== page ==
Progeria (Greek pro, "to, for" and geron, "old") is a genetic disease of childhood extremely rare, characterized by an abrupt and premature aging in children between their first and second year of life. It is estimated to affect one in 8 million live births. Not shown preference for any particular gender, but many more have been reported white patients (97% of affected patients). Progeria can affect different organs and tissues: bone, muscle, skin, subcutaneous tissue and vessels. The most severe form of this disease is called Hutchinson-Gilford syndrome, named in honor of Jonathan Hutchinson, who was the first to describe en1886 and Hastings Gilford who conducted various studies on its development and features in 1904. Clinical Features
• Short stature.
• dry and wrinkled skin.
• Premature baldness.
• Canas in childhood.
• Prominent eyes.
• Large Skull.
• cranial veins protruding.
• Absence of eyebrows and eyelashes.
• Big Nose and peak shape.
• Chin retracted.
• Heart problems.
• Narrow chest with protruding ribs.
• Tips and skeletal thin.
• Narrowing of the coronary arteries.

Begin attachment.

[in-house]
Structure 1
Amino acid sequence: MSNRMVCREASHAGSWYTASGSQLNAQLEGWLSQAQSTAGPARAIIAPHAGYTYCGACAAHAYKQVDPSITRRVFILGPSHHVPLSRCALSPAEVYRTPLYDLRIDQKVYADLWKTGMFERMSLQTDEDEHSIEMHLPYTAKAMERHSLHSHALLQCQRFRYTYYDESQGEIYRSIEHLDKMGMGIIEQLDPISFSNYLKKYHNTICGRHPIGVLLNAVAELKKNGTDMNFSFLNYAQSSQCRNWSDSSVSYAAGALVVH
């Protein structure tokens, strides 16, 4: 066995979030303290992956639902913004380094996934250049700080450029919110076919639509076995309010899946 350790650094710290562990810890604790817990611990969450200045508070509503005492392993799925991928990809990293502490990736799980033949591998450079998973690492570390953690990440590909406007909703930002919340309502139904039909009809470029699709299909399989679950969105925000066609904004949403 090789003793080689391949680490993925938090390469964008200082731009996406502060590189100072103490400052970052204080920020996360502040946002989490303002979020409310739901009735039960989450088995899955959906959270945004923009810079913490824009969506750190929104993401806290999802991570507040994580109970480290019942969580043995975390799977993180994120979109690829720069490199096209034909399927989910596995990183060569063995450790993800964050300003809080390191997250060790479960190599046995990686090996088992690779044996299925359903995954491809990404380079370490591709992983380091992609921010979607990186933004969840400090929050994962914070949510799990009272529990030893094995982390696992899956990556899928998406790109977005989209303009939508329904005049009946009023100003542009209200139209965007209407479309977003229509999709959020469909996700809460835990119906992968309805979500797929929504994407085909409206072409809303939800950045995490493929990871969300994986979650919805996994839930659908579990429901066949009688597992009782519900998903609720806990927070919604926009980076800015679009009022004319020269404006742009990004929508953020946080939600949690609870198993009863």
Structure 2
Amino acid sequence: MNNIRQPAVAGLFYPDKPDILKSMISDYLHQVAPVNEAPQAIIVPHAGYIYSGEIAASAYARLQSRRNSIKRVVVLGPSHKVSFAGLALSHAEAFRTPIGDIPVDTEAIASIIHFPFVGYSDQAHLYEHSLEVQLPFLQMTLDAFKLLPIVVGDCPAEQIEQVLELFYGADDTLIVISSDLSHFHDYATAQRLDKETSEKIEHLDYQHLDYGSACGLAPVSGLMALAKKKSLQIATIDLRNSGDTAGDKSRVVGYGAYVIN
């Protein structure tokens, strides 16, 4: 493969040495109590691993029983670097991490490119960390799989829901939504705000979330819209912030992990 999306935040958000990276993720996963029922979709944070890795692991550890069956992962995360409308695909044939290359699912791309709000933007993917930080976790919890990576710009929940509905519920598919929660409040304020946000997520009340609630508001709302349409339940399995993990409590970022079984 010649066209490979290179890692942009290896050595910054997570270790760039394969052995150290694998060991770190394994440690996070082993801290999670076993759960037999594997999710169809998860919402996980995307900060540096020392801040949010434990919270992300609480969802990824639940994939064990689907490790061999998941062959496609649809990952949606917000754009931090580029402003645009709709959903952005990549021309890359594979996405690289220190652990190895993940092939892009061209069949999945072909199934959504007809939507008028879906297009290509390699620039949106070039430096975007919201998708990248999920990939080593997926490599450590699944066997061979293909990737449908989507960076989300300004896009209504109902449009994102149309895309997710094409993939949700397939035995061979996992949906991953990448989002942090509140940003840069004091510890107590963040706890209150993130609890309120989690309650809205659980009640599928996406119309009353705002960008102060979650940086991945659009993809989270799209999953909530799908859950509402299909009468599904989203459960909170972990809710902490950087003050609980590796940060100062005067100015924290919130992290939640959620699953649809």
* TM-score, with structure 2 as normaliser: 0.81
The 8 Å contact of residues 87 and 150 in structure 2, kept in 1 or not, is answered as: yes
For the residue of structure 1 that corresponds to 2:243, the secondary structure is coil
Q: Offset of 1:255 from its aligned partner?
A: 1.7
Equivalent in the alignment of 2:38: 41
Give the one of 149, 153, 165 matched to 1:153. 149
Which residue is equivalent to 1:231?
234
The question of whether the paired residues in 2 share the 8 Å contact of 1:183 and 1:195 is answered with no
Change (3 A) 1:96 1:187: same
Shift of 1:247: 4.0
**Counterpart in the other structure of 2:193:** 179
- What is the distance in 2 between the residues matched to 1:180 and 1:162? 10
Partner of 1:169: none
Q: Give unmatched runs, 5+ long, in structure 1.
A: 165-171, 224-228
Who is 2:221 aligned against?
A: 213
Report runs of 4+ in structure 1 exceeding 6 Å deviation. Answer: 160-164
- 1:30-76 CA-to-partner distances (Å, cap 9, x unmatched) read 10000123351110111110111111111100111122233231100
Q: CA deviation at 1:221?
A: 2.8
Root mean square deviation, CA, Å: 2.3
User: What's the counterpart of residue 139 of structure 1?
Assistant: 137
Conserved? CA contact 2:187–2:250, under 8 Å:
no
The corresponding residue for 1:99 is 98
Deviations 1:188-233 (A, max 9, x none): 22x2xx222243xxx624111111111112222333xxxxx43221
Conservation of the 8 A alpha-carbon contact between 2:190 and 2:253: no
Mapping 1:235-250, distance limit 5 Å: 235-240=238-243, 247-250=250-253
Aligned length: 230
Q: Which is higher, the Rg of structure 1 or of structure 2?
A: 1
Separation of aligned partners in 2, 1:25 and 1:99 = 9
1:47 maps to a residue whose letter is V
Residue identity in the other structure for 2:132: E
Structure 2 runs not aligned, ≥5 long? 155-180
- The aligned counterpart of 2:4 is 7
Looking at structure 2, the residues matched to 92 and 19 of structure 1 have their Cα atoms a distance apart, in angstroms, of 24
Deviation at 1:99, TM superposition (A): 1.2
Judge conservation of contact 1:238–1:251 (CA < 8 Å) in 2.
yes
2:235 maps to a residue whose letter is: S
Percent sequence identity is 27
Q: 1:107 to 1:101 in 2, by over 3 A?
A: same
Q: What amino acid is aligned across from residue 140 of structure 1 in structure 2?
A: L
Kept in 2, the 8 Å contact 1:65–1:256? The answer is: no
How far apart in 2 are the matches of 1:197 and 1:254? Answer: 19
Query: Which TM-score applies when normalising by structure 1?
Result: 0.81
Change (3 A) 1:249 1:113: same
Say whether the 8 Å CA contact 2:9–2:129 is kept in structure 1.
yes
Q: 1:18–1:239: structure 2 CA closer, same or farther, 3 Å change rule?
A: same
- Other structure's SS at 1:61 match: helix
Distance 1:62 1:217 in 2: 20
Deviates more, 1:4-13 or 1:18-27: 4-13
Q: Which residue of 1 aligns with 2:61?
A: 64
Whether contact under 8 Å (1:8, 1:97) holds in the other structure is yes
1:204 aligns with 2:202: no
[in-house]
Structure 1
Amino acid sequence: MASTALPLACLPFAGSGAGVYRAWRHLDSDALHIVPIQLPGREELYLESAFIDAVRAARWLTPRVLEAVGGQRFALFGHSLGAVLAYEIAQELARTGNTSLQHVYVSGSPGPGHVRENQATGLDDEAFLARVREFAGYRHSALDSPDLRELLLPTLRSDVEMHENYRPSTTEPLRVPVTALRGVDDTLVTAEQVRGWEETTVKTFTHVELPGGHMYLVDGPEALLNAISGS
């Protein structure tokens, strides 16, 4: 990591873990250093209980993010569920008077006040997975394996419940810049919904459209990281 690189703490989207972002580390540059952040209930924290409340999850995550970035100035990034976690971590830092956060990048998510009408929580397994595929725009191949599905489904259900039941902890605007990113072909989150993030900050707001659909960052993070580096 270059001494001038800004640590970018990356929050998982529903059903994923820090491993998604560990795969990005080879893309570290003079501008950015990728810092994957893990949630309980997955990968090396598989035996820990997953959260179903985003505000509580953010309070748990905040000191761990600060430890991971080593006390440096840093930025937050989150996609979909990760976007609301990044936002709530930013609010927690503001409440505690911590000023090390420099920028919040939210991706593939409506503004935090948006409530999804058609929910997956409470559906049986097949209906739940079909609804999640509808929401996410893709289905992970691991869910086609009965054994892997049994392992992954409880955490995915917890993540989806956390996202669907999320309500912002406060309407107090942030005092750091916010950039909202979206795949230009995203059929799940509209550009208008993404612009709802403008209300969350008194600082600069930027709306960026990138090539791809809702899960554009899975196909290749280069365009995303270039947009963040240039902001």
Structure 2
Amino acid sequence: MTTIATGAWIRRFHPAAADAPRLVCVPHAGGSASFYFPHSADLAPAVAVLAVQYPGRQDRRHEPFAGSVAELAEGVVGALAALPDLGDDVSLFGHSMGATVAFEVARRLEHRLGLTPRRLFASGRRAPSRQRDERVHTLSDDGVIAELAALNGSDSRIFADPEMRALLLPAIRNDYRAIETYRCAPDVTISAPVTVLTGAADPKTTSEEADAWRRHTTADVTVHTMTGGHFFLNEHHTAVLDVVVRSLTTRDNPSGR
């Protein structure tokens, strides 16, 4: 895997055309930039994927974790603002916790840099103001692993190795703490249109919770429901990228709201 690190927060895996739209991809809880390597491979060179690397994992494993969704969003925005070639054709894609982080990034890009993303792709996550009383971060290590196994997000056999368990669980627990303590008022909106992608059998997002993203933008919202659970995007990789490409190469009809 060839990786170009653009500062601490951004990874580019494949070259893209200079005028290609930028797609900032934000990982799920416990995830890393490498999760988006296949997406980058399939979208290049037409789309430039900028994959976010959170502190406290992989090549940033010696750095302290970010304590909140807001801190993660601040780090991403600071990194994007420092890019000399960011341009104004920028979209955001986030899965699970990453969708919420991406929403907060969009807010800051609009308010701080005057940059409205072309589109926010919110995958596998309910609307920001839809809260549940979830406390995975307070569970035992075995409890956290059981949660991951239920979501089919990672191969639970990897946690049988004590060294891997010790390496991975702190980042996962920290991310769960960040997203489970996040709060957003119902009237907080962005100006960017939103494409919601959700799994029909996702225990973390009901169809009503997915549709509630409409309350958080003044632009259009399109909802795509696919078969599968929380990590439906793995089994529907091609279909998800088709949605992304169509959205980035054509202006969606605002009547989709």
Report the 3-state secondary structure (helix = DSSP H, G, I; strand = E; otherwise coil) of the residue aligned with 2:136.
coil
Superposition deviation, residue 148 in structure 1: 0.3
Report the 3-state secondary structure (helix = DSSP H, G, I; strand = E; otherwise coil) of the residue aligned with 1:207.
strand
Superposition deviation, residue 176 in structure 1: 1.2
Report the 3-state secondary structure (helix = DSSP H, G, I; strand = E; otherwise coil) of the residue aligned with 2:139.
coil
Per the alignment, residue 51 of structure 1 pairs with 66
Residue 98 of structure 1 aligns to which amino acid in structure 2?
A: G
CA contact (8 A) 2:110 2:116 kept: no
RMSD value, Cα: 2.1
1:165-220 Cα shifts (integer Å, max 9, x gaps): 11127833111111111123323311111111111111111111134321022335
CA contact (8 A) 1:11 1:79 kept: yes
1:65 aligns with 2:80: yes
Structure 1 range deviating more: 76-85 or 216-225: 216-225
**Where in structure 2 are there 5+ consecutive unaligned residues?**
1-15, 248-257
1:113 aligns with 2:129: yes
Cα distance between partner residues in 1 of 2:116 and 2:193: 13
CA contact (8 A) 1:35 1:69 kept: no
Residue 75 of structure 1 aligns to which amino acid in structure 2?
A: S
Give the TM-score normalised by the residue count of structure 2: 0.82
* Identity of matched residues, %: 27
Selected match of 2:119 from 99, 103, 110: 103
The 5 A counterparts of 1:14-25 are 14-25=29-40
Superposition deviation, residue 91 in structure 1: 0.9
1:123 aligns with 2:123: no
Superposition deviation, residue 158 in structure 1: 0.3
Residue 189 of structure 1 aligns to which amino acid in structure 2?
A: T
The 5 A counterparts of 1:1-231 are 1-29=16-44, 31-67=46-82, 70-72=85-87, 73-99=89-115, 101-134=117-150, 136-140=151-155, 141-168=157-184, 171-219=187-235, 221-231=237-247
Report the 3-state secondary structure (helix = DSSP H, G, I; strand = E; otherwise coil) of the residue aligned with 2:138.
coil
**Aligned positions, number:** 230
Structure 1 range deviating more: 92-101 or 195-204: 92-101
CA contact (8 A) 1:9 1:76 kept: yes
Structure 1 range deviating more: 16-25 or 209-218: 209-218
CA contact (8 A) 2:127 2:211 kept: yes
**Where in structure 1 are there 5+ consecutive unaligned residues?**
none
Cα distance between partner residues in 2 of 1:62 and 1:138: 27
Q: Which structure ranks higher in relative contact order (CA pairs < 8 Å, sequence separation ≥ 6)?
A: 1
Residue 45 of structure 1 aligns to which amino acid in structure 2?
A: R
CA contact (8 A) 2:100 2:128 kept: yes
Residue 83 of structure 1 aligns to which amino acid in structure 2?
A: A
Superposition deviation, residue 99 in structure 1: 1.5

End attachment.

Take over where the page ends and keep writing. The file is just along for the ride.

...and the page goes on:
• big and stiff joints.
• Skin spots similar to those of old age by poor metabolism of melanin. • Presence of degenerative diseases such as arthritis or cataracts of old age. • Delayed Mitosis reticoendoplasmático.
• Lack of sexual gametes and thoughtful.
• Impaired dentition.
• osteolysis of the distal third of the clavicle.
• osteolysis of distal phalanges in the hands and feet.
• Natural death before 18 years.
Progeria laminopatía is recognized as one associated with mutations in the gene encoding LMNA lamin A / C, the main component of the nuclear lamins. The most frequent mutation is a point mutation at position 1824 in exon 11, which creates a mutation at codon 608 and activates the cryptic splice site leading to a truncated lamin A. As a result, loss occurs in the 50 amino acid C-terminus of the form of the protein...
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